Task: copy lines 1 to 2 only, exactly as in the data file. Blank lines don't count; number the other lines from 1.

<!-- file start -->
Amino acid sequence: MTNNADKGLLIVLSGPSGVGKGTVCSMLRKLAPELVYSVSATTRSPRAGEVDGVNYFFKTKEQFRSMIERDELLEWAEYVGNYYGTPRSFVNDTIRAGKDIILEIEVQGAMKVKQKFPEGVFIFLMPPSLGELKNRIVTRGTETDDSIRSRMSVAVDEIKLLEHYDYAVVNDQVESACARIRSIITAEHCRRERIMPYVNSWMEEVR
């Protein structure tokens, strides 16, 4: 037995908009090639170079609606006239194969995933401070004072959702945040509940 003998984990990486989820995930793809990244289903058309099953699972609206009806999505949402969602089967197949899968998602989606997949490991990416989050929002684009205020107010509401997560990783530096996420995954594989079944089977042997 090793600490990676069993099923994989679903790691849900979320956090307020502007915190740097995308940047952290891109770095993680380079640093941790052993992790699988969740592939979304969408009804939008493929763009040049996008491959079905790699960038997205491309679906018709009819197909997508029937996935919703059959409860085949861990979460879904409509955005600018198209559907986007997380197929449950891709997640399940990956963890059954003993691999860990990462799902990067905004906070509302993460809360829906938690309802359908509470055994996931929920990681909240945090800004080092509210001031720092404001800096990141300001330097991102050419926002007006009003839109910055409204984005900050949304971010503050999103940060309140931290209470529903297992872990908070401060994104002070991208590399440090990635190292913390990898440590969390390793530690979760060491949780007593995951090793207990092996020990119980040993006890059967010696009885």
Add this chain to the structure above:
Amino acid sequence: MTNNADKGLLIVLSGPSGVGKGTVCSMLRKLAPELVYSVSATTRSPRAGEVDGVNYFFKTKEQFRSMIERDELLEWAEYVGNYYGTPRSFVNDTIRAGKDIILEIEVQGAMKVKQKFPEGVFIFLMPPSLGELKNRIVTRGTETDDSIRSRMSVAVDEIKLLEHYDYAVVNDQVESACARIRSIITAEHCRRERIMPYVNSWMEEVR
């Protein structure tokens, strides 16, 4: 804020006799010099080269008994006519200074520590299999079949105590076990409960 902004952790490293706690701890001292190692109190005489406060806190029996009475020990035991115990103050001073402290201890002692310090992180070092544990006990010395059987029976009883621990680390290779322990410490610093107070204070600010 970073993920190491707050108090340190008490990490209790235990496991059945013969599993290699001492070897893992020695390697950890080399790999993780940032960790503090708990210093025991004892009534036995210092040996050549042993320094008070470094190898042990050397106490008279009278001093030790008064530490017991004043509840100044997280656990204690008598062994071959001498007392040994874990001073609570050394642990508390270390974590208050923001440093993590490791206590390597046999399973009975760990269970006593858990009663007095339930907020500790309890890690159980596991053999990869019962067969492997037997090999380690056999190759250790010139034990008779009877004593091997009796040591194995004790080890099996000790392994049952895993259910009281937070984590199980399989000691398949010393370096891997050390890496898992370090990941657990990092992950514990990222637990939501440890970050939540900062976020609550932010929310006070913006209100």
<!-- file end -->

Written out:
Amino acid sequence: MTNNADKGLLIVLSGPSGVGKGTVCSMLRKLAPELVYSVSATTRSPRAGEVDGVNYFFKTKEQFRSMIERDELLEWAEYVGNYYGTPRSFVNDTIRAGKDIILEIEVQGAMKVKQKFPEGVFIFLMPPSLGELKNRIVTRGTETDDSIRSRMSVAVDEIKLLEHYDYAVVNDQVESACARIRSIITAEHCRRERIMPYVNSWMEEVR
């Protein structure tokens, strides 16, 4: 037995908009090639170079609606006239194969995933401070004072959702945040509940 003998984990990486989820995930793809990244289903058309099953699972609206009806999505949402969602089967197949899968998602989606997949490991990416989050929002684009205020107010509401997560990783530096996420995954594989079944089977042997 090793600490990676069993099923994989679903790691849900979320956090307020502007915190740097995308940047952290891109770095993680380079640093941790052993992790699988969740592939979304969408009804939008493929763009040049996008491959079905790699960038997205491309679906018709009819197909997508029937996935919703059959409860085949861990979460879904409509955005600018198209559907986007997380197929449950891709997640399940990956963890059954003993691999860990990462799902990067905004906070509302993460809360829906938690309802359908509470055994996931929920990681909240945090800004080092509210001031720092404001800096990141300001330097991102050419926002007006009003839109910055409204984005900050949304971010503050999103940060309140931290209470529903297992872990908070401060994104002070991208590399440090990635190292913390990898440590969390390793530690979760060491949780007593995951090793207990092996020990119980040993006890059967010696009885």